Thursday, 1 November 2012

Windows Phone to Arduino (via Python)

 (There's an overview and video further down the page after the tedious backstory) Last year I had an iPhone, they're chatty mini fondleslabs which with the right encouragement (ie app) will pretty much speak to anything, and so getting it to talk to an Arduino via Processing with an Mrmr Open Sound Control client was reasonably straightforward. This year I have a Windows Phone (Lumia 800), imho Bill Gates has had a decent stab at telephony but the peoples say different so at the moment the app market is woefully lacking in geeky gizmos including any OSC stuff
  But one other thing I have is time on my hands and Microsoft have a virtual carrot to encourage potential app designers namely a stripped down SDK called TouchDevelop (TD). Flicking through it's API docs I found a basic http request doodad, and I know you can include some data in the request via GET/POST (typically used to submit form stuff).

 Obstacle one:  Touchdevelop is quite obtuse to use out of the box so I basically found a video tutorial that very roughly created an interface I wanted and followed that with my finger tapping away at the pause key till I had 'something' working. Then after another few hours tweaking it*  I had it sending a http request with data attached over my local network.

 Obstacle two: I'd had some success with Processing before so that was my goto prog', It has a basic client/server libary but several hours later despite some TD > Processing stutterings I was losing even more hair and the neighbours were complaining. Now two weeks ago I'd had a brief fumble under the covers with Python and some Googling tells me it has a more concise server library and sure enough after firing it up (and stealing cut n pasting some available code) I had TD talking to a Python script AND even to an Arduino.

  Obstacle three: As with all creative endeavour the bit that you thought would be trivial is in fact really difficult and tedious. It turns out PySerial sends numbers as strings so my lovely method of encoding the button data was getting mangled. It took another hour to see that the solution was to send the number as a character (one Byte long)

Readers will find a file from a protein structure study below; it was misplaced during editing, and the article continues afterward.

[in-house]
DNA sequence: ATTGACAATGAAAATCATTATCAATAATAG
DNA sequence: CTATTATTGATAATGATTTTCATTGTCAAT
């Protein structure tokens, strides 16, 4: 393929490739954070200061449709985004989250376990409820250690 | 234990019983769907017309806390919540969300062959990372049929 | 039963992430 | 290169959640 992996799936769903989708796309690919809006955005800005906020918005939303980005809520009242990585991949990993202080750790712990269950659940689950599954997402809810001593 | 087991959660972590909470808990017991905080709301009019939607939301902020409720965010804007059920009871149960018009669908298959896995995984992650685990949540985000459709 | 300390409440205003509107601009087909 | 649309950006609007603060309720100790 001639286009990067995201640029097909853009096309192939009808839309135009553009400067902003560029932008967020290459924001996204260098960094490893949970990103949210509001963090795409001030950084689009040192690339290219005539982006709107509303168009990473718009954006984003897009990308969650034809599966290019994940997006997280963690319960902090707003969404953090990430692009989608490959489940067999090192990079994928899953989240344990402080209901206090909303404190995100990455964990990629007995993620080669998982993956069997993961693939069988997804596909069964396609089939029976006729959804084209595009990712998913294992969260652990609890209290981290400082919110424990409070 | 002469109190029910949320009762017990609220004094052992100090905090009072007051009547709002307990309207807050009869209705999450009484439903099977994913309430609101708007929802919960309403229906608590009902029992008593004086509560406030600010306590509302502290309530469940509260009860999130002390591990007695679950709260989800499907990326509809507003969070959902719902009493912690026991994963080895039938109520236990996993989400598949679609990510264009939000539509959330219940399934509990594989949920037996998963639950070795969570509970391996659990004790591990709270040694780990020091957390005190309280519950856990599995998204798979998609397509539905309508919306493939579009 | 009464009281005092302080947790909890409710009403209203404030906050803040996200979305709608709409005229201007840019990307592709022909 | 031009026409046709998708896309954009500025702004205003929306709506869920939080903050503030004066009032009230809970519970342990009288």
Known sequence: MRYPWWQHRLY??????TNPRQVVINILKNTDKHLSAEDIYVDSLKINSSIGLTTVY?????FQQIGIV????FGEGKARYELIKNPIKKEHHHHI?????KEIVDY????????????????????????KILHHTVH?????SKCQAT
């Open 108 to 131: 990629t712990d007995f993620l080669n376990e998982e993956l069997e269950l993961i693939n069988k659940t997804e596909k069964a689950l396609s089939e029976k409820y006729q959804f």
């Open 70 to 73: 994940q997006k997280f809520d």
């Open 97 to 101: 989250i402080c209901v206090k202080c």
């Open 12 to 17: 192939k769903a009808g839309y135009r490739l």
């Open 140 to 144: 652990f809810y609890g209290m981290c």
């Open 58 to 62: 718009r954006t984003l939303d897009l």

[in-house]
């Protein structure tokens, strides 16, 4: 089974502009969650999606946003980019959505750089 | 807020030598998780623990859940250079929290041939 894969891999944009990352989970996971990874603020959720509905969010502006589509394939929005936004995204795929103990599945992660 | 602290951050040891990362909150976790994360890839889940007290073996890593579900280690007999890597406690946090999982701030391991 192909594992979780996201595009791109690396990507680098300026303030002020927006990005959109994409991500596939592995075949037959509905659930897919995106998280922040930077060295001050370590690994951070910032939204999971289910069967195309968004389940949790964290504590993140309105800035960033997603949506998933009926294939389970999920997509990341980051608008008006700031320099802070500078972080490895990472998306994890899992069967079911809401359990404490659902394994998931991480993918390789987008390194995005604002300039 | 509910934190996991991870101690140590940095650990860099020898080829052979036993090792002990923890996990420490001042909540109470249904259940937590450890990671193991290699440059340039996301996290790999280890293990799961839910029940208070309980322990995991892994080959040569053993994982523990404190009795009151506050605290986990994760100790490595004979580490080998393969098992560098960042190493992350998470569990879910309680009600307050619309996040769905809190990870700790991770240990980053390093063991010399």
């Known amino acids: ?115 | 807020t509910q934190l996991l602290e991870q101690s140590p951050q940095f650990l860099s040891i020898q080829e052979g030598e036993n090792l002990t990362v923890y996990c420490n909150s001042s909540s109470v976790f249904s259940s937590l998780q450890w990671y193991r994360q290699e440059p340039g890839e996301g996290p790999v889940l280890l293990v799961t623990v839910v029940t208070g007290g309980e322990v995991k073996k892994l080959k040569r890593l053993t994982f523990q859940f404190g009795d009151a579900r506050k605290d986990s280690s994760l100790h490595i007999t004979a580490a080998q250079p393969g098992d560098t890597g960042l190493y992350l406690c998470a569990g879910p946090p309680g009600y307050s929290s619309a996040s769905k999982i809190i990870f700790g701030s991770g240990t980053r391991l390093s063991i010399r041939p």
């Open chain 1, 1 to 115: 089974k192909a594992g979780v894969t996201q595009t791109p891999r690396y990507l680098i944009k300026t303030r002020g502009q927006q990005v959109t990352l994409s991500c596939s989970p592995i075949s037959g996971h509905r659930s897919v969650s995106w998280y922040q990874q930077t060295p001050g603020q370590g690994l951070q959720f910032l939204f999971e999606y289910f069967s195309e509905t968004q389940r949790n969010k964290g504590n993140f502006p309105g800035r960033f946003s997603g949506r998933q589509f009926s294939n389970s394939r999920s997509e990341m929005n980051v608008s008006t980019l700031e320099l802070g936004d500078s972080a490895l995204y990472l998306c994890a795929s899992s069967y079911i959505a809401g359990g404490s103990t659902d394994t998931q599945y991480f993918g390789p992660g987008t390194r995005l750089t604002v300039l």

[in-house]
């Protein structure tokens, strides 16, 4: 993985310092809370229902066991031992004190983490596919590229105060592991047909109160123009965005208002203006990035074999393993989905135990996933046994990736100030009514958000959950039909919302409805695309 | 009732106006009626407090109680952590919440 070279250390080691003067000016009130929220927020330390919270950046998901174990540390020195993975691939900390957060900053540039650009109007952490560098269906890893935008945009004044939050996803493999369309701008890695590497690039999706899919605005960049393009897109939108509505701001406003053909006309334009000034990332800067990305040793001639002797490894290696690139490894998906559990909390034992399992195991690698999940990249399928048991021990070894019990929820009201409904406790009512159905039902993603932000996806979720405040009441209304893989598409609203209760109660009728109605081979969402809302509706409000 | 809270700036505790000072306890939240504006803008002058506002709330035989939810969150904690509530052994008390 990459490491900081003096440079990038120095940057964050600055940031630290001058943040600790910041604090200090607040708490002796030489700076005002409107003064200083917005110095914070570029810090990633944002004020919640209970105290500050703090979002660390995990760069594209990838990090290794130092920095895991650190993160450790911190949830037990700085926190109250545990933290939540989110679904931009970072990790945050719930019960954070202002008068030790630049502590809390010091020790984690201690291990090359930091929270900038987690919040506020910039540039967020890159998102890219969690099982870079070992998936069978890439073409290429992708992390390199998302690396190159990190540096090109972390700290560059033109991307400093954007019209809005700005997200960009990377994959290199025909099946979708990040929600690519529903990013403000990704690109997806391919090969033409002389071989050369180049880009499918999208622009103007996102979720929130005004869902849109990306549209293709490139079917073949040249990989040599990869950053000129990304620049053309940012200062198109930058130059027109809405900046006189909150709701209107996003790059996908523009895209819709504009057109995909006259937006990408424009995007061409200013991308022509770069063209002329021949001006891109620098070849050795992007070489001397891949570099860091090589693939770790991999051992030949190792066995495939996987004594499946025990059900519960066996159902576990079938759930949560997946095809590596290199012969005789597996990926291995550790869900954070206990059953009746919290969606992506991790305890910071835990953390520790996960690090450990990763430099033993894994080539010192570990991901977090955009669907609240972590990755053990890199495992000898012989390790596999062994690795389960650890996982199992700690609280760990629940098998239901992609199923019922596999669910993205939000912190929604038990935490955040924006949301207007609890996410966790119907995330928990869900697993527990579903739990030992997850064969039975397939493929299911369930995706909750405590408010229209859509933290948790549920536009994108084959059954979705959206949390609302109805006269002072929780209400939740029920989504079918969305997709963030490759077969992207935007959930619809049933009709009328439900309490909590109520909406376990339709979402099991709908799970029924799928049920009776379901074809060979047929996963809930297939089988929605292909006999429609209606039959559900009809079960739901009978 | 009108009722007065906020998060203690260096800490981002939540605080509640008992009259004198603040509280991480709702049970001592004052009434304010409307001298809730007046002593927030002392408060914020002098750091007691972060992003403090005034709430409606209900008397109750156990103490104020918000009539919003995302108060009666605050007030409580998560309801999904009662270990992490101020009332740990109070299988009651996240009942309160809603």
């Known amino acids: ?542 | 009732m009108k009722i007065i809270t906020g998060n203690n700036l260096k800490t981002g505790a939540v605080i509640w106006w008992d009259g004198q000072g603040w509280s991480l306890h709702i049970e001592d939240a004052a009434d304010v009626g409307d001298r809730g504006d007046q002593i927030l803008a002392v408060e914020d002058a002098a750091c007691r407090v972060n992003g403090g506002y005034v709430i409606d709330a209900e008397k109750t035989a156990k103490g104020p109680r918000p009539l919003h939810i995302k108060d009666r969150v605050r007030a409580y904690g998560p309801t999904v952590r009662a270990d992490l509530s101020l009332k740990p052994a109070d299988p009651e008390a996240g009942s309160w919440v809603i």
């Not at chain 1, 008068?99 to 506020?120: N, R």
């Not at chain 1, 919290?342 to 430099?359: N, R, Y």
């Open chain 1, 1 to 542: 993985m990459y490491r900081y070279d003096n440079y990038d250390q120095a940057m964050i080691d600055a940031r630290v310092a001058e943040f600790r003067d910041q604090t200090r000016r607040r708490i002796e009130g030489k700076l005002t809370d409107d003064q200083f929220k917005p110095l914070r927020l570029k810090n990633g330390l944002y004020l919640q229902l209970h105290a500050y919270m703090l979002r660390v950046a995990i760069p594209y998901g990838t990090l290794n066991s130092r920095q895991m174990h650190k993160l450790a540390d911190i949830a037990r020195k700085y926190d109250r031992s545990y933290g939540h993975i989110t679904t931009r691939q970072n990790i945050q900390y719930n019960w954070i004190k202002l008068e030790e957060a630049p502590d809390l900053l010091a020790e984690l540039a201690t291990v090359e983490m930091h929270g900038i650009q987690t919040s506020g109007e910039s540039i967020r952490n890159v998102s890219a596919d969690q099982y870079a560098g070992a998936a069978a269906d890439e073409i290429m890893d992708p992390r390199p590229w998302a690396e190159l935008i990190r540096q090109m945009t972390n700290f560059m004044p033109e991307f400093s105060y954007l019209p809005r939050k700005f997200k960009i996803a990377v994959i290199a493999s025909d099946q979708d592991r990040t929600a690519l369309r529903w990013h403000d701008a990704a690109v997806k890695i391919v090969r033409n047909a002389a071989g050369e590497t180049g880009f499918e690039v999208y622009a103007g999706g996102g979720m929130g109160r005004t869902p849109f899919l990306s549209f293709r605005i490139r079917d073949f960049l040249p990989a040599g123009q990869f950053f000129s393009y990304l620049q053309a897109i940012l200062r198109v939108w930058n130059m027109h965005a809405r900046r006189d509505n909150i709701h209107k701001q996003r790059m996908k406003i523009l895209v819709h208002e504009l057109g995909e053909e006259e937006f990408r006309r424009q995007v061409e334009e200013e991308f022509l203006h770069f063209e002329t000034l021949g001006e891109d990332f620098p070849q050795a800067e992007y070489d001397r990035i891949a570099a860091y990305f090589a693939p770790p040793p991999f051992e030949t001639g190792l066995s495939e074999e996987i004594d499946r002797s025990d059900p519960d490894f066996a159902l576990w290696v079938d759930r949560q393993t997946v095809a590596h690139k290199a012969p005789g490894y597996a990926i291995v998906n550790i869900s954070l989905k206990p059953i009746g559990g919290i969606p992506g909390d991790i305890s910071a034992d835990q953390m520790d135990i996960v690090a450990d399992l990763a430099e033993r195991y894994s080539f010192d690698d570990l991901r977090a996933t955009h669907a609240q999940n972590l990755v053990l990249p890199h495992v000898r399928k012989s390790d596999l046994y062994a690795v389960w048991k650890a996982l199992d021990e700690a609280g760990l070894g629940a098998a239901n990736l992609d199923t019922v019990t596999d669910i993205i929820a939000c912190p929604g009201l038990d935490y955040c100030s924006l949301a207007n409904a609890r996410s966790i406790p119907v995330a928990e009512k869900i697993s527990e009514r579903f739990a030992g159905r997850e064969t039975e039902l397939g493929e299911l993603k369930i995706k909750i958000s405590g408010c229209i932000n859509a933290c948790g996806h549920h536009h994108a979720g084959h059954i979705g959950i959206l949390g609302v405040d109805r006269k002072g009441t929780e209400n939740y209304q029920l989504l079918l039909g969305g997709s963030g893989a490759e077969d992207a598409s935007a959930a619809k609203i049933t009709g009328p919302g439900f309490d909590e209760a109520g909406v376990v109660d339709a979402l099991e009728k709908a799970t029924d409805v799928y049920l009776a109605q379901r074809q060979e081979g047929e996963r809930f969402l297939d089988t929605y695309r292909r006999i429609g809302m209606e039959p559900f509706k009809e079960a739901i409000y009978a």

My Touchdevelop app has four 'buttons'. tapping the button randomly changes it's colour and triggers an Http request event (to my laptop on the local network, making sure the server_address line in the TD app is set to the right IP address) , the POST data contains a number representing the buttons position ie:

Button 1 =  0001  (1)
Button 2 =  0010  (2)
Button 3 =  0100  (4)
Button 4 =  1000  (8)

  Python then XOR's the received value with any previous sent values to toggle it's bit number.
Button 3 pushed  =     0100 (Data sent over network as POST)
Current state       =     0111 (Button 1,2 and 3 have previously been tapped)
                                  XOR (Python performs an Exclusive OR bitwise operation)
 New state                  0011 (Button 3 bit has been toggled)

   Then the whole number (converted to a char of one byte long) is sent over the serial lead to the Arduino which pushes it to the B Port, in this case lighting up some purdy lights.
  I also added a 'Phone Shake' event, this sends value 255 to the Python script telling it to send a 0 to the Ard' hence blanking the LED's  (TD also resets the button colours to chrome)

Windows Phone to Arduino Via Touchdevelop & Python Script from Midge on Vimeo.

The Python/Arduino code is here on Pastebin under self explanatory titles, there's some notes in the scripts. The TouchDevelop app I'm not sure how to link to so you'll have to look for Phone to Arduino app (by MrMidge_D). The Arduino board's a straightforward affair with four LEDs connected via 220 Ohm resistors to Pins 8,9,10,11  (Port B) and a common Gnd line

To Do: Take a holiday :S.more intuitive button feedback (indicating on/off). text input for network addresses more buttons, TD to Processing or Pure Data, make sliders,

*Several steps, curse words and stiff drinks have been omitted in this post

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